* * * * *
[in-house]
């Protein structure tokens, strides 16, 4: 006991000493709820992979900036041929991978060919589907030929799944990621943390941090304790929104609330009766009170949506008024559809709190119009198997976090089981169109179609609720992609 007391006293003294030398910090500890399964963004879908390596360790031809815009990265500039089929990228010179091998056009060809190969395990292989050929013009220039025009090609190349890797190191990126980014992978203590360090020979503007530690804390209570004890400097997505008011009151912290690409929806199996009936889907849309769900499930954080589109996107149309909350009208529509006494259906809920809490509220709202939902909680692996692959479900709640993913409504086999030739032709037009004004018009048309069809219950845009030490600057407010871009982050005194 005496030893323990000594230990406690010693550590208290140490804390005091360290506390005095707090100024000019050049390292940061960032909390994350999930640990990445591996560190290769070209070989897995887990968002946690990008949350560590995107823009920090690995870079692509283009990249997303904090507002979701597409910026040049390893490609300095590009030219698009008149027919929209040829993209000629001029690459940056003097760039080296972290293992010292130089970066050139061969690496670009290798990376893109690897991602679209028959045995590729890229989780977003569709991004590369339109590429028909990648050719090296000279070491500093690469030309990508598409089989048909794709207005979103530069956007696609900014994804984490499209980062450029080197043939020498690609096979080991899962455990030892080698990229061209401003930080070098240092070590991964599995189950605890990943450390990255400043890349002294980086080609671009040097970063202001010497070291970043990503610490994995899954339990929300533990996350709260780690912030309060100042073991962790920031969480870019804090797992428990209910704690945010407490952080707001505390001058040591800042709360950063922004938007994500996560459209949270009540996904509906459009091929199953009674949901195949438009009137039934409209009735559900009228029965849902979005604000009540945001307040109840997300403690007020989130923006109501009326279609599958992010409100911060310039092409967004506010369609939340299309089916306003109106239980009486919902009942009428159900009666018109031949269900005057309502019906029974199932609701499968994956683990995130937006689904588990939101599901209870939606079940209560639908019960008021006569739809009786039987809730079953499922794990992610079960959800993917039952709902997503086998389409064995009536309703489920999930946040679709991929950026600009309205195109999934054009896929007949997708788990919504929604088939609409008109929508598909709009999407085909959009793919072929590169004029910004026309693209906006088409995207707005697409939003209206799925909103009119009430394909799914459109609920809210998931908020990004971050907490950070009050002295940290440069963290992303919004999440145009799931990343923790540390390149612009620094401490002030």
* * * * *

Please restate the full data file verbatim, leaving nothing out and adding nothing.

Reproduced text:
[in-house]
């Protein structure tokens, strides 16, 4: 006991000493709820992979900036041929991978060919589907030929799944990621943390941090304790929104609330009766009170949506008024559809709190119009198997976090089981169109179609609720992609 007391006293003294030398910090500890399964963004879908390596360790031809815009990265500039089929990228010179091998056009060809190969395990292989050929013009220039025009090609190349890797190191990126980014992978203590360090020979503007530690804390209570004890400097997505008011009151912290690409929806199996009936889907849309769900499930954080589109996107149309909350009208529509006494259906809920809490509220709202939902909680692996692959479900709640993913409504086999030739032709037009004004018009048309069809219950845009030490600057407010871009982050005194 005496030893323990000594230990406690010693550590208290140490804390005091360290506390005095707090100024000019050049390292940061960032909390994350999930640990990445591996560190290769070209070989897995887990968002946690990008949350560590995107823009920090690995870079692509283009990249997303904090507002979701597409910026040049390893490609300095590009030219698009008149027919929209040829993209000629001029690459940056003097760039080296972290293992010292130089970066050139061969690496670009290798990376893109690897991602679209028959045995590729890229989780977003569709991004590369339109590429028909990648050719090296000279070491500093690469030309990508598409089989048909794709207005979103530069956007696609900014994804984490499209980062450029080197043939020498690609096979080991899962455990030892080698990229061209401003930080070098240092070590991964599995189950605890990943450390990255400043890349002294980086080609671009040097970063202001010497070291970043990503610490994995899954339990929300533990996350709260780690912030309060100042073991962790920031969480870019804090797992428990209910704690945010407490952080707001505390001058040591800042709360950063922004938007994500996560459209949270009540996904509906459009091929199953009674949901195949438009009137039934409209009735559900009228029965849902979005604000009540945001307040109840997300403690007020989130923006109501009326279609599958992010409100911060310039092409967004506010369609939340299309089916306003109106239980009486919902009942009428159900009666018109031949269900005057309502019906029974199932609701499968994956683990995130937006689904588990939101599901209870939606079940209560639908019960008021006569739809009786039987809730079953499922794990992610079960959800993917039952709902997503086998389409064995009536309703489920999930946040679709991929950026600009309205195109999934054009896929007949997708788990919504929604088939609409008109929508598909709009999407085909959009793919072929590169004029910004026309693209906006088409995207707005697409939003209206799925909103009119009430394909799914459109609920809210998931908020990004971050907490950070009050002295940290440069963290992303919004999440145009799931990343923790540390390149612009620094401490002030």